Having the agility to quickly create, change and approve new, innovative curriculum without compromising quality is essential. This is not just the case for a successful partnership with industry, it’s a strategic imperative for remaining competitive and reputable as a higher education provider where, although being a highly regulated sector (in Australia and the UK), non-traditional providers are on the rise and gaining industry and government acceptance. 

This is why, as a foundation, we support our partners with functionality that makes curriculum creation and governance activities simpler and more transparent. Partner academics and curriculum teams are able to work more efficiently, more collaboratively, and with greater oversight, which enables quick turnaround times while assuring quality. 


Empower students to take control of their studies

Just as higher education institutions are responsible for ensuring students have legitimate pathways and credible learning experiences that lead to qualifications and good outcomes, students have a responsibility to make decisions concerning their own education journey. However, students cannot be expected to master their own journey if they are not empowered to do so.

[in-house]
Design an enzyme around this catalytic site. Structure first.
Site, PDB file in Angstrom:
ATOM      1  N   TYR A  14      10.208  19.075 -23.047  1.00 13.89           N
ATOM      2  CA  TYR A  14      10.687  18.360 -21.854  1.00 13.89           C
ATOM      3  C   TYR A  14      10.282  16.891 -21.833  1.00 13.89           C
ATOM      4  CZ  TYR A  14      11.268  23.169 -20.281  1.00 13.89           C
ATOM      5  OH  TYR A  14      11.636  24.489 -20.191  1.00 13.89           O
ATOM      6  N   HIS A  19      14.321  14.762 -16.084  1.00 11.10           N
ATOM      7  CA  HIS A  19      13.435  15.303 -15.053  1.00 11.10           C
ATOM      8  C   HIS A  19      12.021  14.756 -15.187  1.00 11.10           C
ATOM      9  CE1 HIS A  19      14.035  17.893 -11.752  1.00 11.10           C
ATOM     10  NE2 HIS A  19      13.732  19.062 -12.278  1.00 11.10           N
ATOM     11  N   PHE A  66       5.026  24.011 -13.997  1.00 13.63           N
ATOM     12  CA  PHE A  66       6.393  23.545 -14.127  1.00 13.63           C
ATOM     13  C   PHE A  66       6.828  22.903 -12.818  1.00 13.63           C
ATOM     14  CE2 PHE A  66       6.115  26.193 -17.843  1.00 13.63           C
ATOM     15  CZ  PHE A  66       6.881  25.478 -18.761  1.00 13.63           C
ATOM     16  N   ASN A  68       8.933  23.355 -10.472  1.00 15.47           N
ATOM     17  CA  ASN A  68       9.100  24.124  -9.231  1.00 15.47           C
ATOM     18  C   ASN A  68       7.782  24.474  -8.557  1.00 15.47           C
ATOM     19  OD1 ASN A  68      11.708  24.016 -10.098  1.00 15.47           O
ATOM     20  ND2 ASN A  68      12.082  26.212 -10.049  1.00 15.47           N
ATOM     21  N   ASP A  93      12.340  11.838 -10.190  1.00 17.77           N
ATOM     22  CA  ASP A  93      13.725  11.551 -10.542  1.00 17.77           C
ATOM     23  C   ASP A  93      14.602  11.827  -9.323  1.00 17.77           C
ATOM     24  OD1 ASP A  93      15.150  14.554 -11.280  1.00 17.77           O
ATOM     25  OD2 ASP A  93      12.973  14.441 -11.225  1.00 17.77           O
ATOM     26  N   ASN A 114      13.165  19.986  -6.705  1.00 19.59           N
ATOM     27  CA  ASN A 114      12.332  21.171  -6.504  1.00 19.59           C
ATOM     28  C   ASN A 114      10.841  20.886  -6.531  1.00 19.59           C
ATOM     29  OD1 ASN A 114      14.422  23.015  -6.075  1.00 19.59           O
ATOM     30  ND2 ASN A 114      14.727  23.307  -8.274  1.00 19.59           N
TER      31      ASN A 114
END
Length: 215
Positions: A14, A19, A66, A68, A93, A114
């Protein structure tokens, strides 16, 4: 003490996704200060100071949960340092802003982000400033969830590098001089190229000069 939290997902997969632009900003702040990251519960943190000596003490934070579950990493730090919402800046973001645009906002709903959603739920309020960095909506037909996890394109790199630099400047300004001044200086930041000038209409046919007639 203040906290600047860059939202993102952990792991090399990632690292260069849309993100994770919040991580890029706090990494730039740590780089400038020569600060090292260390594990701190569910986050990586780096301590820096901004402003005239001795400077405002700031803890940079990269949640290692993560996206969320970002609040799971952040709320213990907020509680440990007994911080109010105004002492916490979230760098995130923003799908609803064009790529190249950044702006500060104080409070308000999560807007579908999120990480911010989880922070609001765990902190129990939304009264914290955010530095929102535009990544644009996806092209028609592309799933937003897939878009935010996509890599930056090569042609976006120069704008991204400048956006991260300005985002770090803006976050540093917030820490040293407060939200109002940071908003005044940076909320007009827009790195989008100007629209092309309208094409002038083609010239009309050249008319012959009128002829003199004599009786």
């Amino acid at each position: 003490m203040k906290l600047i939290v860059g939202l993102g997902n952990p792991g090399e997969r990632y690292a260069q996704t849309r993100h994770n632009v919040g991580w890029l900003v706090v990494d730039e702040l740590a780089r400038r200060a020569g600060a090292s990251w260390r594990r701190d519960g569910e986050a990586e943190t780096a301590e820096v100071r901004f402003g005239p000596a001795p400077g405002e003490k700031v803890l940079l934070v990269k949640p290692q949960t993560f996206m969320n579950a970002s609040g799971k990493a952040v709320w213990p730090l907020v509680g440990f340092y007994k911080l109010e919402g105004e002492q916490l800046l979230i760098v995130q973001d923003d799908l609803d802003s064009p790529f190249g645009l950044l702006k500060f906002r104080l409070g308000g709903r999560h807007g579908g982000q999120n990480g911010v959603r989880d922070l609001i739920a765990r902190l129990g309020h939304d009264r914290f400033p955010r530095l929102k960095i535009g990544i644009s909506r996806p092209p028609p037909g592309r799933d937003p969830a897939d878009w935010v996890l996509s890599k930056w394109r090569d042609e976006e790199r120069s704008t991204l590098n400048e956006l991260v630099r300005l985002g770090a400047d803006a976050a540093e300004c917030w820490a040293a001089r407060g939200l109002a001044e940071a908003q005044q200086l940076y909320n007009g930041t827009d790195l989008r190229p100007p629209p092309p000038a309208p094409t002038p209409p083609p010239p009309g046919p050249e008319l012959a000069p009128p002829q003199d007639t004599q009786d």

The goal of publishing curriculum information and course relevant content has often been to attract students and meet regulations so students can make informed decisions. But institutions have an opportunity here to take it further. 

By providing this information in an easily discoverable and consumable way, and by giving students a clear line of progression to their qualification goal, institutions can elevate student engagement and increase their learners’ sense of ownership. This results in students not having to rely so heavily on student advising services to make a more meaningful connection between their learning activities and assessments, their progressive mastery of skills and knowledge, and the job pathway it leads to. 

Murdoch University, a CourseLoop partner, has taken student advising to the next level with their ‘Course Visualiser’. The Course Visualiser leverages structured curriculum information held within the CourseLoop Platform to engage students directly with their degree planning.

Dr Verity Morgan, Murdoch University’s Director of Quality and Standards, showcased the Course Visualiser in a recent webinar with CourseLoop CEO Brian Clark. Dr Morgan spoke about how study planning is deep-rooted in the student experience and when students actively engage in conversations about their curriculum they are able to understand the (course and curriculum) attributes that will enhance their chances of success post-graduation.